I have friends who live in Fond du Lac, a small, isolated community in northern Saskatchewan on the shore of Lake Athabasca, near the border with the Northwest Territories.
A years-ago visit found me there in late November. One day, I found myself in a home with a half-dozen men visiting over mugs of coffee. Actually, “visiting” isn’t quite accurate, because conversation was mostly in Dene. One fellow, who had lived “down south” for a time and was more aware of “down south” etiquette, translated stories into English for my benefit.
Fond du Lac, like a number of northern communities, is a First Nation community that faces significant struggles. Despite the isolation, or because of it, the fragile Dene culture is besieged by the dominant southern culture, which bombards residents with reminders that the good life is found in things such as soft drinks, junk food, satellite TV, alcohol and illicit drugs. Cultural confusion is linked to violence, addiction, abuse, a high death rate and much sadness. Certainly, in this circle of men who included me, glimpses of that struggle could be read on their faces. Yet laughter came often as outrageous stories were shared.
The house faced the shore of Lake Athabasca. A cutting November wind gusted wisps of snow between huge boulders, polishing new ice and creating a bleak scene beyond the large window. Into that picture, an old man shuffled around the corner of the house, hood drawn up, shoulders hunched. He made his way slowly to the lake’s edge and began gingerly but doggedly to walk out onto the thin ice.
I noted that the conversation in the warm room had stopped. The men around me had also noted the scene outside. Into the silence, with a gesture toward the man on the ice, I asked, “What’s he doing out there?”
A number of responses were offered and translated. The ice walker had been sick for some time and had grown somewhat frail. He was now unable to hunt, and so his supply of caribou meat for the coming winter was undoubtedly meagre. With some urgency, he was checking the ice thickness, to see how soon he could set fishing nets in order to feed himself and his dogs.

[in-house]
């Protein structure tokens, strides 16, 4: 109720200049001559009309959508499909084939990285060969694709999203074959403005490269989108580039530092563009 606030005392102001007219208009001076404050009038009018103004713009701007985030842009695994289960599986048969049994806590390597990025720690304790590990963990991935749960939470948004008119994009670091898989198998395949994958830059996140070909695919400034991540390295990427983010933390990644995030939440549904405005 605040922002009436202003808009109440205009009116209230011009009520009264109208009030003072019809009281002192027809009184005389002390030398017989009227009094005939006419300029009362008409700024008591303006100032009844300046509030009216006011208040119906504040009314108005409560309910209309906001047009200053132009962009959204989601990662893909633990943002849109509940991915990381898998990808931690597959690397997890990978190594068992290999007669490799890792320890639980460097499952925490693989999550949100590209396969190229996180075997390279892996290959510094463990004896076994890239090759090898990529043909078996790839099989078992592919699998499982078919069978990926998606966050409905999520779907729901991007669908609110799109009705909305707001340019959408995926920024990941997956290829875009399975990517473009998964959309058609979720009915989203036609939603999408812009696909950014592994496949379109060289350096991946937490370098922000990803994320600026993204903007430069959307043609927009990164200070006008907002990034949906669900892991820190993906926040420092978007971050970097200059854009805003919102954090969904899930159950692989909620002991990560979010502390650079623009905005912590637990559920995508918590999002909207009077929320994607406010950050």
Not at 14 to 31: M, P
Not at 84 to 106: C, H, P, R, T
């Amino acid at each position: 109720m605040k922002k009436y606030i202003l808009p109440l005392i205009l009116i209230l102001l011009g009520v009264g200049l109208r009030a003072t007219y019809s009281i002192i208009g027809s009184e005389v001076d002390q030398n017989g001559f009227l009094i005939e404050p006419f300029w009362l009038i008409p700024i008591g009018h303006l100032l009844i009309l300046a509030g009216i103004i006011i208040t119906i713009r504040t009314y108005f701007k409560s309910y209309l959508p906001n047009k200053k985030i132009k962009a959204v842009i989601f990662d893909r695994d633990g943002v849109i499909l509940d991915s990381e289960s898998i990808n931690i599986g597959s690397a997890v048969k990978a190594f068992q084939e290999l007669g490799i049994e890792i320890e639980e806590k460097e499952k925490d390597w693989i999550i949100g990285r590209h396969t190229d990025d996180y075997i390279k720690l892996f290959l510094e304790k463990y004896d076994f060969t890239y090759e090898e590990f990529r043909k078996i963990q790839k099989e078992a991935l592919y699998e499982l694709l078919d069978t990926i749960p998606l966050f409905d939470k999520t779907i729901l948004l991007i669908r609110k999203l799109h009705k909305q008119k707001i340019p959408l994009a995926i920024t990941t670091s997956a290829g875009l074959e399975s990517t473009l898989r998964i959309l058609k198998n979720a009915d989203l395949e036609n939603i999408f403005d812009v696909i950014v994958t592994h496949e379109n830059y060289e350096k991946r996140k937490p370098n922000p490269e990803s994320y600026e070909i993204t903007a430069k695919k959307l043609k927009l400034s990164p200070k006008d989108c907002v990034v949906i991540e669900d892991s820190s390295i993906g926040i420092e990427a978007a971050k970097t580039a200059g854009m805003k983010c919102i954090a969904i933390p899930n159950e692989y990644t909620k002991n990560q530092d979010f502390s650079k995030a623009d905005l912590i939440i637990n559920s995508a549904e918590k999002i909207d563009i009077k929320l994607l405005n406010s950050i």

As I listened, as I “felt” the stories being offered to me, I became aware of a new dynamic. The image being played out on the ice seemed to serve as a reminder to these men. In the words, in the translations, and again in the feeling in the room, I sensed that when there was enough snow for snowmobiles and toboggans to again go hunting, and the herds were found, meat would appear on this old man’s doorstep.
There was no rushing out to convince the elderly gentleman that he would be cared for, that he could return to safe ground. There was no drawing up of schedules. Neither was there paper work needed to prove his need, no worker to call. There was simply, in the stoic faces around me, an acceptance of responsibility.
I had received a gift. I had been offered a glimpse of something holy. I had been reminded that a generous God was present in the culture of this barren windswept community long before the white man, long before the Christian church appeared. This community, this people, this fragile culture, carries a measure of that which is created “very good,” if we but wait quietly for the invitation to glimpse it.
Ed Olfert (email@example.com) continues to seek out “very good” glimpses of God.